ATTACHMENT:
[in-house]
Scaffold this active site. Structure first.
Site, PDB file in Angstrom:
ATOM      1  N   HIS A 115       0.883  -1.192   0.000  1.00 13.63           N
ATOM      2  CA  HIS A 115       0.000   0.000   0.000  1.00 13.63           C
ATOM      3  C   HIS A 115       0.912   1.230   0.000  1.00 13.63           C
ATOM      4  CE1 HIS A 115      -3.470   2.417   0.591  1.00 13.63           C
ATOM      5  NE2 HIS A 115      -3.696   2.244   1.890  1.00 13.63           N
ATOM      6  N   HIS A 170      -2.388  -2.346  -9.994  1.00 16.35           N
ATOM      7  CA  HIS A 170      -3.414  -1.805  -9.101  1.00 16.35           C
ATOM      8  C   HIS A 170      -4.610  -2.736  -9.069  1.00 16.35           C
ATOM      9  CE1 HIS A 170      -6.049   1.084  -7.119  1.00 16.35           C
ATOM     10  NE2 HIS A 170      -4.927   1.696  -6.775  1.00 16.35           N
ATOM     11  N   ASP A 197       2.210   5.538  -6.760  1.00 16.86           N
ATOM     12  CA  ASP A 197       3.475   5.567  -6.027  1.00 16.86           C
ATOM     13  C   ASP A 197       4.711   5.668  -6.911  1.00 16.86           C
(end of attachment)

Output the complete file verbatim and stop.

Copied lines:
[in-house]
Scaffold this active site. Structure first.
Site, PDB file in Angstrom:
ATOM      1  N   HIS A 115       0.883  -1.192   0.000  1.00 13.63           N
ATOM      2  CA  HIS A 115       0.000   0.000   0.000  1.00 13.63           C
ATOM      3  C   HIS A 115       0.912   1.230   0.000  1.00 13.63           C
ATOM      4  CE1 HIS A 115      -3.470   2.417   0.591  1.00 13.63           C
ATOM      5  NE2 HIS A 115      -3.696   2.244   1.890  1.00 13.63           N
ATOM      6  N   HIS A 170      -2.388  -2.346  -9.994  1.00 16.35           N
ATOM      7  CA  HIS A 170      -3.414  -1.805  -9.101  1.00 16.35           C
ATOM      8  C   HIS A 170      -4.610  -2.736  -9.069  1.00 16.35           C
ATOM      9  CE1 HIS A 170      -6.049   1.084  -7.119  1.00 16.35           C
ATOM     10  NE2 HIS A 170      -4.927   1.696  -6.775  1.00 16.35           N
ATOM     11  N   ASP A 197       2.210   5.538  -6.760  1.00 16.86           N
ATOM     12  CA  ASP A 197       3.475   5.567  -6.027  1.00 16.86           C
ATOM     13  C   ASP A 197       4.711   5.668  -6.911  1.00 16.86           C